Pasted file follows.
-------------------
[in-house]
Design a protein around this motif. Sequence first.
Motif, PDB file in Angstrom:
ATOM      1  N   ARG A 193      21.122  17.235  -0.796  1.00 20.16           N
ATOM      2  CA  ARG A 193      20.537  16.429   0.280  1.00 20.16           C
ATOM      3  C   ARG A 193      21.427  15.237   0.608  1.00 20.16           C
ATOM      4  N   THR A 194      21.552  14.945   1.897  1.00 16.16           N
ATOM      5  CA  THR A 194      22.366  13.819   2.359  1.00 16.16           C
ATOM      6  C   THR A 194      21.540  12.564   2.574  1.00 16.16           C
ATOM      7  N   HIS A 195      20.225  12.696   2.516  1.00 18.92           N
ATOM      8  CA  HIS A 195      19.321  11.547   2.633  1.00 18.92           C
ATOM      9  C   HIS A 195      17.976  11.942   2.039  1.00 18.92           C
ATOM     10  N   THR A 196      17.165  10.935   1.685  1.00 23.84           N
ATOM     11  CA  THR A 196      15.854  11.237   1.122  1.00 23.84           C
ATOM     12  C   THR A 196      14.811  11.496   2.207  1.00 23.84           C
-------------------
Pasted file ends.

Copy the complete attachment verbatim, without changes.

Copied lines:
[in-house]
Design a protein around this motif. Sequence first.
Motif, PDB file in Angstrom:
ATOM      1  N   ARG A 193      21.122  17.235  -0.796  1.00 20.16           N
ATOM      2  CA  ARG A 193      20.537  16.429   0.280  1.00 20.16           C
ATOM      3  C   ARG A 193      21.427  15.237   0.608  1.00 20.16           C
ATOM      4  N   THR A 194      21.552  14.945   1.897  1.00 16.16           N
ATOM      5  CA  THR A 194      22.366  13.819   2.359  1.00 16.16           C
ATOM      6  C   THR A 194      21.540  12.564   2.574  1.00 16.16           C
ATOM      7  N   HIS A 195      20.225  12.696   2.516  1.00 18.92           N
ATOM      8  CA  HIS A 195      19.321  11.547   2.633  1.00 18.92           C
ATOM      9  C   HIS A 195      17.976  11.942   2.039  1.00 18.92           C
ATOM     10  N   THR A 196      17.165  10.935   1.685  1.00 23.84           N
ATOM     11  CA  THR A 196      15.854  11.237   1.122  1.00 23.84           C
ATOM     12  C   THR A 196      14.811  11.496   2.207  1.00 23.84           C